Z Max is down.  Giving some thought to endstops.

Z Max is down.

Giving some thought to endstops. My printer’s got the igentis method for lifting the Z axis, so I’m thinking a microswitch on a spring loaded base to set Z-max. X and Y I can get by with moving the sled with motors off.

I’m still ruminating on a counterweight system - the build plate is cresting 6 Lbs/ 2.7 kg and I’m reluctant to leave it purely at the whims of the controller and motor.

So, set a microswitch so that there’s some deflection on springs with the platform all the way down (to keep from smashing it on power failure, then lift bed off switch, reverse direction until endstop hit, and use that to suss out where Zero Level is at the top of travel.


Gear reduced stepper on the z and it will never fall unless the belt snaps.

Two thoughts: no XY microswiches makes all simpler but resuming a part in mid-print (maybe you run out of filament mid-print or detected some missed steps). Geared stepper on Z not only helps keeping the bed in place without power as @Eclsnowman suggests but it will provide you better Z resolution too.

Z will definitely be one of those things that iterates to a satisfactory solution. I have a second motor I could wire it to provide some passive braking if it didn’t introduce printing defects when the other motor is moving things the other way.

I may also have to reprint the effector…using 10mm shafts means slightly larger 40 tooth pulleys, which means some slight interference issues I have to work around.

It’s all part of why I like this hobby. There’s fresh ground to walk on that hasn’t been engineered away by large companies with millions in R&D.

@Shauki of course, are we to ask for directions? No way! :slight_smile:

I like the idea of a counterweight (or a flywheel), but I do not like using an opposing stepper because induction could cause problems with printing. Ideally, I think it would be best to just keep the moving mass as low as possible instead of trying to mitigate it. Is there any way to shave some of the mass of the platform? Carbon fiber or…3D printed structure?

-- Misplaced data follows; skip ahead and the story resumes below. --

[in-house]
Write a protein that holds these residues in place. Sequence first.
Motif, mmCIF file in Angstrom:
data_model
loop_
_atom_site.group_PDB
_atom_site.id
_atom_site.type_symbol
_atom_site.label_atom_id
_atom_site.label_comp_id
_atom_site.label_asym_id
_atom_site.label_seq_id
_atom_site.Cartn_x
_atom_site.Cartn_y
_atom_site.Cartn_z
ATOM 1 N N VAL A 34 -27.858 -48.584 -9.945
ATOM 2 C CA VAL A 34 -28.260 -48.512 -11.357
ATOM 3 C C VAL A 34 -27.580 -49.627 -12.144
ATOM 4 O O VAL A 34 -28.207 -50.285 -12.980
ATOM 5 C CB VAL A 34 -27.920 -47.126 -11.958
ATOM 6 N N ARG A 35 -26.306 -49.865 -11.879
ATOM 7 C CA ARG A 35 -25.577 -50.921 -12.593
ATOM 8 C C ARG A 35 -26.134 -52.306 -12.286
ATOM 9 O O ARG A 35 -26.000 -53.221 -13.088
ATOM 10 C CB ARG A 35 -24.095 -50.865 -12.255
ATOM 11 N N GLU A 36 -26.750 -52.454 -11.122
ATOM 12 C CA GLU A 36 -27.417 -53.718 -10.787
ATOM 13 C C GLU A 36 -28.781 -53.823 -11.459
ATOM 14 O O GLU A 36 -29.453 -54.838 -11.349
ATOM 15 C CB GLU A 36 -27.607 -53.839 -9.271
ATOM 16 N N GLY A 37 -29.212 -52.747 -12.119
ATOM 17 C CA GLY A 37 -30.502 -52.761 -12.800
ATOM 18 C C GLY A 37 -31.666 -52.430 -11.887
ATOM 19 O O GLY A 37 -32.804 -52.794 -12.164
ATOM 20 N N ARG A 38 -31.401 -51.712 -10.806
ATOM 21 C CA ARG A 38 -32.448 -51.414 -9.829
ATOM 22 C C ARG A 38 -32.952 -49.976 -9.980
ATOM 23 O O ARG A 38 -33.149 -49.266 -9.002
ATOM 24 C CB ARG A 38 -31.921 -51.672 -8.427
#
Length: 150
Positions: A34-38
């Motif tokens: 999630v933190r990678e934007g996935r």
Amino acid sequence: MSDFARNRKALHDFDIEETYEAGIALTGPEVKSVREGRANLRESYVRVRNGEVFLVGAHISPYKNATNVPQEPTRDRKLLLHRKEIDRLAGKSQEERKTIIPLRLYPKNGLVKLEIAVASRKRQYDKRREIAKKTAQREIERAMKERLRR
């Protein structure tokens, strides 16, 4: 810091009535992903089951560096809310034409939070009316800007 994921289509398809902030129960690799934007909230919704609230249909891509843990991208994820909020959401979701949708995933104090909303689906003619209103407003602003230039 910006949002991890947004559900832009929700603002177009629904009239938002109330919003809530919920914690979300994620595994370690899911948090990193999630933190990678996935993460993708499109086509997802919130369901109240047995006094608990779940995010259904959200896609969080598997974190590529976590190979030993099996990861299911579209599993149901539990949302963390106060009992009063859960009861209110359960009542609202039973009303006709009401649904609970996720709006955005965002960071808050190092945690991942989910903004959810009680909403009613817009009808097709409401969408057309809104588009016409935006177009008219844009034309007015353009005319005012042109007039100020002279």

Possibly. I’m using Extrusion in an H shape, the aluminum plate sits above springs and bolts to set level. The cork is there to keep the aluminum from becoming a great big heat-sink…and the heater and glass contribute to the mass. There’s competing criteria here…the build plate has to be thick enough to handle the mass, the sub-structure has to be heavy enough to support the heated bed, and there has to be separation points to easily swap glass for fresh builds.

Oh, and the other motor wouldn’t be connected to anything, it’d just have the wire pairs connected to make it hard to turn.

If you’re using glass as the print bed, and an H-shape extrusion as the primary support structure, then it seems the aluminum is only needed to support the glass in such a way as to prevent it from breaking. If you drilled lots of holes or otherwise cut out sections of the aluminum it might significantly reduce the mass while still supporting the glass bed. Drilling holes would probably be easiest, but large squares, or if you have a mill, maybe even honeycomb shaped?

Also, that is what I thought you meant (the stepper motor), but the faster you move the z-axis the greater the resistance to motion because the inductance would be greater. I don’t know offhand if regular print speeds would be affected (they might), but I bet it would be really annoying when you’re trying to move the bed up after a tall print. Hmmm…maybe a switch to disconnect the coils (thus “turning it off”) in that case would be useful?

Because this was always intended to be a heated bed/enclosed chamber printer.

Honestly, I got in on the gekkotek kick starter, so might not need it, we’ll see.

I’ve tried abs on blue tape with superglue, and with two sided tape and it always seemed like a crapshoot.

@SirGeekALot I may look into aluminum sheet I can bend to support. The plate served two purposes: I already had it, and it would fully support the heater+glass

@Shauki Glass is a cheap way to get the ever-important flat surface. I’ve used ordinary window glass (3/32"<2.5mm) without any problems with my heated bed to print both PLA with glue stick and ABS with hairspray (ABS juice is probably better, but I’ve never tried it).

That being said, now I mostly use glass with blue painter’s tape on a cold bed to print PLA (love it!), and only print ABS on my bot with a machined aluminum bed and Kapton tape on a heated bed.

(aside: this may change when put my older bot’s parts into an extrusion frame, because I like the idea of a removable bed, and it is much cheaper to have multiple glass print beds than multiple aluminum print beds.)

@Mike_Miller you might even try just using some OTS aluminum angle bar with flat pieces and screws at the corners to keep it all the same level. Quick, dirty, and cheap enough that even @Shauki might approve!

The Glass plate and H frame are the two heaviest parts of the platform, no doubt. If the Gekkotek plate is in any way naturally rigid, I may forgo the glass altogether. (Pity…that’s $25 for two build plates I might not had had to spend.)